passes close to the boat out at the 30-Mile, where there was also a
    distant SOUTH POLAR SKUA. And a total of 12 (6 pairs) of flighty
    CRAVERI'S MURRELETS were tallied, all well offshore. A BLACK TERN was
    seen by some, as was a WHITE-WINGED DOVE as we left the dock in the
    early morning. Photos of many of these birds will undoubtedly be posted
    by others. Offshore totals for the trip included:
    Pink-footed Shearwater: 90
    Sooty Shearwater: 2
    Black-vented Shearwater: 300
    Black Storm-Petrel: 350
    Ashy Storm-Petrel: 4
    Leach's Storm-Petrel: 15 (high)
    Least Storm-Petrel: 0 (a couple "maybe's" that were not seen well
    enough or photo'd)
    Brown Booby: 3
    Red-necked Phalarope: 50
    Red Phalarope: 200
    Pomarine Jaeger: 5
    Parasitic Jaeger: 2
    Long-tailed Jaeger: 1
    Cassin's Auklet: 6
    Sabine's Gull: 10
    Blue Whale: 1
    The next San Diego pelagic trips are scheduled for 23 September and 21
    October. See for more information.
    --Paul Lehman and leader contingent, San Diego
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  27. offshore San Diego: RED-FOOTED & MASKED Boobies, Least Stormies, Craveri's, Long-taileds LINK
    DATE: Aug 17, 2018 @ 3:40pm, 4 year(s) ago
    Several of us headed offshore on Friday the 17th from San Diego for 7+
    hours out to the 30-Mile Bank and return. Some good birds found, some
    late-summer specialties, and some dead zones. Totals offshore included:
    RED-FOOTED BOOBY: a dark-morph bird flew right by the boat 25.9 nm W of
    La Jolla. Photos. This bird looks very much like the bird(s) seen a
    week or so ago both at the end of the Mission Bay Jetty and offshore
    from a whalewatch boat (but which was much closer to shore than our bird).
    MASKED BOOBY: a near-adult was sitting on the water also near the
    30-Mile Bank, some 23.1 nm W of Point Loma. Photos. It seems as
    though, as of late, that Masked has become rarer than Nazca off CA....
    Least Storm-Petrel: total of 8, all at or near the 30-Mile Bank. None
    closer to shore.
    Craveri's Murrelet: total of 6 (plus 2 murrelet sp.), all pairs at or
    near the 30-Mile Bank
    Long-tailed Jaeger: 2 juveniles, one only 6.6 nm W of La Jolla, and the
    other out at the 30-Mile Bank where more typical
    Other species seen:
    Pink-footed Shearwater: 25
    Sooty Shearwater: 1
    Black-vented Shearwater: 50
    Ashy Storm-Petrel: total of ca. 30 birds is quite high for this late in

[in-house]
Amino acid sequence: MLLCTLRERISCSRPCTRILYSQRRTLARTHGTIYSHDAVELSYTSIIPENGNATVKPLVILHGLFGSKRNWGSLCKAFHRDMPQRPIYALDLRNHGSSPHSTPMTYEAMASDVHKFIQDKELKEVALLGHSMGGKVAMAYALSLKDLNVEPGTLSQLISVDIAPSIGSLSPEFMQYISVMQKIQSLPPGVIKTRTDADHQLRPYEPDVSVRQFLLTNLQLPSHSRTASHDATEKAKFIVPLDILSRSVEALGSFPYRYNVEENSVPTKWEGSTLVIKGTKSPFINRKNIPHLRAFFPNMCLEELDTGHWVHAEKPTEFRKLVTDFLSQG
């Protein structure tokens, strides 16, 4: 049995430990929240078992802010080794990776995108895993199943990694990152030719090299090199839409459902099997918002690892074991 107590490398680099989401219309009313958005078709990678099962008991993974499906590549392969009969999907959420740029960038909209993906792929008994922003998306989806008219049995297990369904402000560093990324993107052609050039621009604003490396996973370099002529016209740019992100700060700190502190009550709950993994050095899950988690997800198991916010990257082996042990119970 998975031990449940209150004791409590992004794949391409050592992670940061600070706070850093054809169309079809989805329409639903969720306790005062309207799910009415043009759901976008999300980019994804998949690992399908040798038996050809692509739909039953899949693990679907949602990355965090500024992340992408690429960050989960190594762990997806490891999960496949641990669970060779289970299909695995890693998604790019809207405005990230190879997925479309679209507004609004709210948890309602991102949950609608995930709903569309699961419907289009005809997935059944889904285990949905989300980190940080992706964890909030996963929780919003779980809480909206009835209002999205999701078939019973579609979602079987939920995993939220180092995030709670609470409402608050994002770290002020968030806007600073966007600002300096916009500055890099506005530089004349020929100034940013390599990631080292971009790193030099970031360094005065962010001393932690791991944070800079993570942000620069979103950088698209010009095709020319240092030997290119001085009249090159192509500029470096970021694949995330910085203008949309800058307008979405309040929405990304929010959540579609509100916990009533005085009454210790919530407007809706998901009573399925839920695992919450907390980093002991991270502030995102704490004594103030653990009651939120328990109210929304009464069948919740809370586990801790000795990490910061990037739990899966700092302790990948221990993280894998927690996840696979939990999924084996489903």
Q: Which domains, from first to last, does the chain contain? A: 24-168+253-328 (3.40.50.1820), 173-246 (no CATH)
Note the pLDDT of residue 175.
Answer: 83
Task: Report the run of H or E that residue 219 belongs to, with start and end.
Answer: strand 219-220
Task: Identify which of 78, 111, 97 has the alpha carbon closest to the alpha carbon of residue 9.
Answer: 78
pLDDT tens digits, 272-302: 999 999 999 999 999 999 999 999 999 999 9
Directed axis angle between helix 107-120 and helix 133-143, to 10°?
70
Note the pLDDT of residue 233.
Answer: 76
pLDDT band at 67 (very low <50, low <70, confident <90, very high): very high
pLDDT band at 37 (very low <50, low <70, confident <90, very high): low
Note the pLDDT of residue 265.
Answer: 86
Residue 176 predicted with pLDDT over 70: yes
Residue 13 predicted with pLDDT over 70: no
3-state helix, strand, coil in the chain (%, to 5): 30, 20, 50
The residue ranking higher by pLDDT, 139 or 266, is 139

the season off San Diego; peak numbers often in late May and June
    Black Storm-Petrel: total of 1800 included 1600 in several rafts on
    30-Mile Bank
    Cassin's Auklet: 3
    Pomarine Jaeger: 3
    Parasitic Jaeger: 1
    Red Phalarope: 100+
    Red-necked Phalarope: 40
    Sabine's Gull: 3 (incl. 1 juv.)
    Western Gull: 50
    Elegant Tern: 25
    The next scheduled pelagic trip off San Diego is this coming Sunday, but
    it is sold out. The next trip after that is in latter September and
    still has space. See for more information.
    --Paul Lehman and group, San Diego
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  29. August 25 pelagic trip to Tanner and Cortez Banks LINK
    DATE: Aug 2, 2018 @ 2:16pm, 4 year(s) ago
    I have organized a pelagic trip to the Cortez and Tanner Banks at the end of this month. The basic details are: departure from Dana Point aboard the R/V Sea Explorer, leaving at 1 AM and returning at 9 PM on Saturday, August 25 (20 hours); there are NO bunks or full galley on board, but possibly enough room to sleep on the floor or benches inside (plenty of room outside). The per person cost is $200, and there are only TWO spaces remaining.
    This should be an excellent opportunity to see species like Black-footed Albatross, Leach's Storm-Petrel, Red-billed Tropicbird, Craveri's Murrelet, Arctic Tern, South Polar Skua, and Long-tailed Jaeger. It is also a good opportunity to look for rare species such as Cook's and Hawaiian Petrels, Townsend's Storm-Petrel, Least Storm-Petrel, and Guadalupe Murrelet. On July 15 a trip from Ventura to nearby waters recorded nearly 100 Cook's Petrels, Tristram's Storm-Petrel, Wedge-rumped Storm-Petrel, two Nazca Boobies, Long-tailed Jaeger, South Polar Skua, Sabine's Gull, and Black, Ashy, and Leach's Storm-Petrels. Additionally, t hree Townsend's Storm-Petrels were photographed on a trip out of San Diego on July 29. <
    If you are interested in going or have any questions, please email me back (off list) and I will send you additional details and/or payment information.
    Tom Benson
    San Bernardino, CA
    thomasabenson AT
  30. -back to top-

-revision history-
v1.30 - 01/05/16 - Revamped cloud logic, optimized database queries, linked to eBird rarities.